By Rick Horrow and Karla Swatek
January 11, 2013
On Sunday, the National Hockey League ended a four-month, 113-day, and many hundreds of millions of dollars lockout. An abbreviated 48-game season is tentatively scheduled to begin on January 19, providing the last of the numbers are run and training camps open as expected this weekend.
Excepting diehard hockey fans—who, like diehard fans of any sport, will return to the rink no matter how badly they’ve been mistreated by greedy owners and players associations—the NHL has a slick battle on its thickly gloved hands as it prepares to take the ice once again. The first golden rule of brand building is creating trust among your constituents. In the wake of its third lockout in a generation, it’s not the calculus of hockey-related revenue, nor pension plans, nor a salary cap that’s at stake in 2013, but rather the NHL’s reputation with its two most important stakeholders: sponsors and fans.
After moving much of their NHL marketing budgets to other properties, sponsors and marketers are now reevaluating plans for the abbreviated season, wary all the while of potential consumer backlash against anything tied to hockey. In Canada, Kraft Foods, after canceling its popular “Hockeyville” promotion in November, committed to a new partnership with TSN called Kraft Hockey Goes On, rewarding hockey-related volunteerism. Now that the season is back, according to the Globe & Mail, Kraft will resume its advertising on CBC’S “Hockey Night in Canada,” though without its normal Hockeyville promotion or in fact any hockey-themed ads at all. The packaged foods giant will at season’s compare consumer reaction to the Hockey Goes On promo to Hockeyville in order to best determine how to invest its marketing dollars in the future. In this instance, the lockout unexpectedly provided a living laboratory for marketing innovation.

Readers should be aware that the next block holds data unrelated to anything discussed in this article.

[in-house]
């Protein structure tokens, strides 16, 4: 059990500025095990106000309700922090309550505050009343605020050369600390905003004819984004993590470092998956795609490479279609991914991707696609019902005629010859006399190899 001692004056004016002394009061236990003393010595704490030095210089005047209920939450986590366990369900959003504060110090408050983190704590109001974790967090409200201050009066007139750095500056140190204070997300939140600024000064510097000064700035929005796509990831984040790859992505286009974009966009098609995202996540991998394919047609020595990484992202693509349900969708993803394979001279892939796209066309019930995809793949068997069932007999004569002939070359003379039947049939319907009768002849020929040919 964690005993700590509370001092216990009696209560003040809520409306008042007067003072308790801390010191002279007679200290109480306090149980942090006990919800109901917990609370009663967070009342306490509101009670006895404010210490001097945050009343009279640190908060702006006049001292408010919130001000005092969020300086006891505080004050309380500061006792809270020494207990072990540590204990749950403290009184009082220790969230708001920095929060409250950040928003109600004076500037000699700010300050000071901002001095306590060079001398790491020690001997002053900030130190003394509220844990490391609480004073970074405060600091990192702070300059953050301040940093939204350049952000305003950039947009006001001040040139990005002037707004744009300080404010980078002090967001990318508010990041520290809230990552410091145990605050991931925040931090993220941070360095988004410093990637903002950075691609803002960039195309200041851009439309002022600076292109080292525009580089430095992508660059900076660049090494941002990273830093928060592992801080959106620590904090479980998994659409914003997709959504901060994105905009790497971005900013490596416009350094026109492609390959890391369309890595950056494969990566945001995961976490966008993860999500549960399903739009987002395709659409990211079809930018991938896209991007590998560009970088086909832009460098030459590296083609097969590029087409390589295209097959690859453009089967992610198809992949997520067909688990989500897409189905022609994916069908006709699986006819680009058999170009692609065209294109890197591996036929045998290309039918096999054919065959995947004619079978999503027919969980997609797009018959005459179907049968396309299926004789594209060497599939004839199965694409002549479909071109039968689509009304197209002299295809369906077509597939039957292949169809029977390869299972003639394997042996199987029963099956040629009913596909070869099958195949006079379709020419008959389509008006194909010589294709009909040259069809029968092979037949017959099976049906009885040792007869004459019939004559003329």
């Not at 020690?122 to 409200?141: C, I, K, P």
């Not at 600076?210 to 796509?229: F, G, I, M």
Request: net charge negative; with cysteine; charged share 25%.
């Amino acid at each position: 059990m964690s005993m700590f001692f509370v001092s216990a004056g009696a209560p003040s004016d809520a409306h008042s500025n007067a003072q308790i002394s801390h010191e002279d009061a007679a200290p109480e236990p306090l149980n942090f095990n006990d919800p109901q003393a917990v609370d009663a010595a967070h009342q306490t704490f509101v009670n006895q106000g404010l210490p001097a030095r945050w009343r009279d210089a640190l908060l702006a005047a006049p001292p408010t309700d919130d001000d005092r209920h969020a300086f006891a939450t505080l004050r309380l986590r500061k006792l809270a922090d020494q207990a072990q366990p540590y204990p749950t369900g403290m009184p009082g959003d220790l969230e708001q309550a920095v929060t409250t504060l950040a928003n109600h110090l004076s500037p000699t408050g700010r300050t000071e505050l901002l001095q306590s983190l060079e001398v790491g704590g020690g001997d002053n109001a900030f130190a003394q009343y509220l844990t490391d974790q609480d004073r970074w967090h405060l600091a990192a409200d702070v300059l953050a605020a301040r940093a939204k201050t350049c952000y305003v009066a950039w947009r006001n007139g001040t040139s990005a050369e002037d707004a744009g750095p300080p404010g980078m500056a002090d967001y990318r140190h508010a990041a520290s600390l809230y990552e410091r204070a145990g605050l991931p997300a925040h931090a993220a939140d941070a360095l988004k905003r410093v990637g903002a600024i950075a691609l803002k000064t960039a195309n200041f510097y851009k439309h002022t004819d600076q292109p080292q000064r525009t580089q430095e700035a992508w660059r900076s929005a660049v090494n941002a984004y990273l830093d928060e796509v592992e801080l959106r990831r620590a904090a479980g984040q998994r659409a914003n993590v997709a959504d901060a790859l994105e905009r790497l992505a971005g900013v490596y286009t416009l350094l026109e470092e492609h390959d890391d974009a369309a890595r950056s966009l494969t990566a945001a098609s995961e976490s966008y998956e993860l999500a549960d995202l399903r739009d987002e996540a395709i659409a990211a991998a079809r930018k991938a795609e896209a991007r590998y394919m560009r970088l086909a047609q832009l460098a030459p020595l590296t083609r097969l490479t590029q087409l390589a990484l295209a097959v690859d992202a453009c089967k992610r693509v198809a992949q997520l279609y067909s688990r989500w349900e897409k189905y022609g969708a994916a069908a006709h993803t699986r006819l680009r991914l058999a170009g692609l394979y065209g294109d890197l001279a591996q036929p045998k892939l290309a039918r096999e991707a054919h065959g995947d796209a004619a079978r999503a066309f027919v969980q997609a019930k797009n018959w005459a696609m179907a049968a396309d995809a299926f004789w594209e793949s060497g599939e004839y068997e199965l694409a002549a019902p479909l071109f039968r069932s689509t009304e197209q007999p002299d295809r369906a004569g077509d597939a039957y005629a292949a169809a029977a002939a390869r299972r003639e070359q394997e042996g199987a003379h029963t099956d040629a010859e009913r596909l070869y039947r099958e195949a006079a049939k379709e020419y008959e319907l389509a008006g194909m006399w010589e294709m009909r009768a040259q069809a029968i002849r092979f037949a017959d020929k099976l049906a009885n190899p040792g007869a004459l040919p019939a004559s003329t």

In the U.S., McDonald’s had plans to be a key NHL sponsor this season, with ads tied to the Winter Classic, the NHL All-Star Game, and other marquee events. After the lockout began, it signed a two-year national deal with the NFL instead—though regionally, the Golden Arches just became a presenting sponsor of the big market Stanley Cup Champion Los Angeles Kings.
If a team really wants to engage its fans, it wins. But if that isn’t working out, conventional wisdom dictates that if all else fails, you go out of your way not to disappoint them. And no matter how any sports league tries to reward its fans, strikes and lockouts demolish loyalty..
“The new deal is supposed to be in line with the NFL and NBA contracts, but, unfortunately, the same can’t be said about how the NHL brand meets fan expectations,” says Robert Passikoff, founder and president of Brand Keys, a consumer engagement measurement firm. League by league assessments of the degree to which the brand is able to meet fans’ expectations collected last week by Passikoff’s firm are as follows:
* Which means that the NHL meets expectations 72% of the time. If this number seems high, Passikoff explains, it’s a reflection of low fan expectations to begin with.
When you examine the data, it really does seem as if NHL fans are not completely put out by the league’s all-too-frequent work stoppages. Sarah Spain of ESPNW puts it well. “The entire 2004-05 NHL season was lost to a lockout and the next year the league drew 20,854,169 fans—nearly 500,000 more than it drew the year before,” she notes. “Attendance has gone up in each of the seasons since, with 2011-12 drawing a record 21,648,121 fans. Hockey fans will always come back.”
Indeed, the San Jose Sharks had fewer than 100 season ticket holders cancel their tickets during the lockout, according to the franchise, and most other NHL teams are reporting the same.
But that’s not stopping most teams from offering fans additional perks for 2013. The Pittsburgh Penguins are offering some free concession items and half off all merchandise at "PensGear" stores for the team’s first four home games of the season at Consol Energy Center. The team will also hold a week’s worth of contests for tickets, road trip packages, and autographed jerseys on their website and via social media.
The Tampa Bay Lightning are tiptoeing one step further onto the thin ice of fan acceptance post-lockout. According to the Sporting News, the Lightning are offering 200 $200 season ticket packages for the shortened season’s 24 home games.
In most arenas, you can’t even get a frosty mug of beer for the $8.33 this deal averages out per game. Maybe some good will come to the average hockey fan from the CBA’s complicated mathematics, after all.